There's a new Zite app out for the iPad and iPhone, and current users are going to love it. The update, which will be added to the Zite Android app later this year, includes a number of bug fixes, several new feature tweaks, and new behind the scenes improvements. Previously read articles will now appear as grayed out text, and it's now going to be easier to add new topics to your Quicklist.
And last but not least, Zite has made a number of changes to their
"users aren't smart enough to choose their own reading material" recommendation engine. The app now uses a new recommendation engine which is supposed to "ensure that the stories we deliver are a good match for your interests." Zite says that the new engine will work better at highlighting obscure but read worthy articles while still working to match a use with articles that most closely match their interest.
In other news, Zite has signed 7 now publishing partners, including GigaOm, Atlantic Media, Fast Company, and more.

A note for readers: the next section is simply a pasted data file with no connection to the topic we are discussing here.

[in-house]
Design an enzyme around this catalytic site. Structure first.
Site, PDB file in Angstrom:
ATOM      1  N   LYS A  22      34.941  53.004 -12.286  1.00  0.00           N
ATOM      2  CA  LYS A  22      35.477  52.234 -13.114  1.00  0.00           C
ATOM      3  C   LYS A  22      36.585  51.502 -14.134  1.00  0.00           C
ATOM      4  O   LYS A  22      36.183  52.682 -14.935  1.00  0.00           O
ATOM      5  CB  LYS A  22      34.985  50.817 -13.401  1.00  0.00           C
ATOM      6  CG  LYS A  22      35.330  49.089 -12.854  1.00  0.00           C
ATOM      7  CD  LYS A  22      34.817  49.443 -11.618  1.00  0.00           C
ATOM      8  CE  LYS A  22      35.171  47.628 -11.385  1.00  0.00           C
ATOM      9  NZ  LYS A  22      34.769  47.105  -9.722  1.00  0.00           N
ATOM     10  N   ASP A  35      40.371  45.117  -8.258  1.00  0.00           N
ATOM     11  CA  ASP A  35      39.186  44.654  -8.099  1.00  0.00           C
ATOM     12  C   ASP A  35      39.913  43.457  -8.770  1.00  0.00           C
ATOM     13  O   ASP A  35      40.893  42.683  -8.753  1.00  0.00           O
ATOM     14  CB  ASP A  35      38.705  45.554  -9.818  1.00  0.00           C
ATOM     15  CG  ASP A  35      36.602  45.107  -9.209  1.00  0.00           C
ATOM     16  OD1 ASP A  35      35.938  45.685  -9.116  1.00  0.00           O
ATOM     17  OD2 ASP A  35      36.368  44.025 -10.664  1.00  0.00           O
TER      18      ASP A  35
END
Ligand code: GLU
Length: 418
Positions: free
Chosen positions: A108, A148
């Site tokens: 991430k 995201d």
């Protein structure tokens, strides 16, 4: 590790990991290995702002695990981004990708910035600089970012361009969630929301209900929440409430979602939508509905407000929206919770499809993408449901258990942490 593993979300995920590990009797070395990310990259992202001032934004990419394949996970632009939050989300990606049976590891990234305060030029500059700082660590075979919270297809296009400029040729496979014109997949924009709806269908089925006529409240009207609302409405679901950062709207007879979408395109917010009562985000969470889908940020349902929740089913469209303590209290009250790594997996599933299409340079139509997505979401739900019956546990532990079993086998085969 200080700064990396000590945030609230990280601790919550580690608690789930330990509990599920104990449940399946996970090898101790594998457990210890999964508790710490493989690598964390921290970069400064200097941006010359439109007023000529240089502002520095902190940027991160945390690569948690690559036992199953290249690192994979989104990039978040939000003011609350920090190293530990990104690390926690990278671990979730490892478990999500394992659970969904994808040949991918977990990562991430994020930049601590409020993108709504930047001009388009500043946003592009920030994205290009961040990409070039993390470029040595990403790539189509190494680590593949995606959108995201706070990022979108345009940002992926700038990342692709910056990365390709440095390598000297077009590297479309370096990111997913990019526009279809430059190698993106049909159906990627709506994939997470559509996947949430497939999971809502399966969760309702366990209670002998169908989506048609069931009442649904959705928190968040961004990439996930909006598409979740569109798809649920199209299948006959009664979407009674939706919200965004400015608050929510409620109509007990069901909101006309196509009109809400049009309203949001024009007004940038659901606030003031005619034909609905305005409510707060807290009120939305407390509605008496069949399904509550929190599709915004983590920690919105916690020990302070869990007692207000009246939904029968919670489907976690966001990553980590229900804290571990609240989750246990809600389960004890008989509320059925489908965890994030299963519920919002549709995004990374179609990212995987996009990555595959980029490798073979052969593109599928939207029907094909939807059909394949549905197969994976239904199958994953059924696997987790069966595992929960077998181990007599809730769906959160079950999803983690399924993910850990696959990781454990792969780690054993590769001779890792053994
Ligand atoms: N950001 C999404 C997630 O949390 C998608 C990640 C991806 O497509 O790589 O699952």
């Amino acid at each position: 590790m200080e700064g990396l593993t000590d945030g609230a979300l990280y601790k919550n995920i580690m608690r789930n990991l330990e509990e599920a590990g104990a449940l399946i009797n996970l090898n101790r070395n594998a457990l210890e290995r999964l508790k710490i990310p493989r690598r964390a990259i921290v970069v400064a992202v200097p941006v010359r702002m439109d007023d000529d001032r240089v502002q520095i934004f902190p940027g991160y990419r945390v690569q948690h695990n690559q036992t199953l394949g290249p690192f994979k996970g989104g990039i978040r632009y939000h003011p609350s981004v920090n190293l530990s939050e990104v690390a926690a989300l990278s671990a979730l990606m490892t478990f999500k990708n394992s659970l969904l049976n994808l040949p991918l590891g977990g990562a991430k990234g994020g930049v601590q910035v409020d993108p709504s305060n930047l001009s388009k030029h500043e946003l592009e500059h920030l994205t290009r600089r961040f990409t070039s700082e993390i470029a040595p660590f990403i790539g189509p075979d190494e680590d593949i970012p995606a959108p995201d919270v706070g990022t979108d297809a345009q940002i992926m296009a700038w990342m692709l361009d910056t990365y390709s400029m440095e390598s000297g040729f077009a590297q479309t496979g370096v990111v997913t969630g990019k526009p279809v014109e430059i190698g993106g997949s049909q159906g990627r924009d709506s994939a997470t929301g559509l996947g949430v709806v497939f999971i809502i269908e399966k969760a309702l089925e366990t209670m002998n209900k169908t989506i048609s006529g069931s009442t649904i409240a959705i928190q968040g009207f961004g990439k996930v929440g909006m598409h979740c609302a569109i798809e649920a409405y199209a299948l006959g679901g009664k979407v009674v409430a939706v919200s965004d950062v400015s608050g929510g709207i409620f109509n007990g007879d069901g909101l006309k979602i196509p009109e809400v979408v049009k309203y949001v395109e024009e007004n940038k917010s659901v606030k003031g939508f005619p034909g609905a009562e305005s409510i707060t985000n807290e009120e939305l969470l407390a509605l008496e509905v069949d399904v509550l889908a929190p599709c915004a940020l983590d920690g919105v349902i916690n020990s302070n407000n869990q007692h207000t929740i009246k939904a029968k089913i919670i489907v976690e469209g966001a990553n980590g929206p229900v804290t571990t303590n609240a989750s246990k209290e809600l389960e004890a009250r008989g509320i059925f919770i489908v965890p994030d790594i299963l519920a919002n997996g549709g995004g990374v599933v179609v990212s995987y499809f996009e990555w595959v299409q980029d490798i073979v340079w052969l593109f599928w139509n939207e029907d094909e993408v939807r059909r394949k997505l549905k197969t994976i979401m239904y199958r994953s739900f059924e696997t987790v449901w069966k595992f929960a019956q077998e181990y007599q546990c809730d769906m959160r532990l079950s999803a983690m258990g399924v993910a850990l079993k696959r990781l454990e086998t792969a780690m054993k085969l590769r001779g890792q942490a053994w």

But none of that is important as one particular piece of news Zite shares today: they're not going to build a real GR replacement. It sounds like they may have thought about it but then realized that it would not fit with their existing philosophy:
Back when the impending death of Google Reader was announced, we quickly created a solution within Zite to ameliorate the transition of Google Reader users. However, as we explored the possibility of building an alternative to Google Reader, we were reminded that we originally invented Zite to deal with the problems we saw in Google Reader. Though we know that many folks rely on Google Reader for their news, reading every single headline from many publications is an activity for very few: reporters, tech analysts, venture capitalists and news junkies. After speaking to many frequent Google Reader users, we decided to focus this release on a few features that would increase the prominence of publishers within Zite without re-creating what we believe to be a broken experience.
I am going to have to fundamentally disagree with Zite on this point. The thing is, I don't see the issues they raise (information overload) as being a problem. I like knowing that there will be a backlog of content to sort through any time I ignore Google Reader for the day, or even a few hours. Sure, there is more work involved, but at least I know that I won't miss something because it's not current.
I could put it another way, if you like. If I wanted a source of current reading material, I would check Twitter. But for torrential amounts of info I use Google Reader (and Feedly).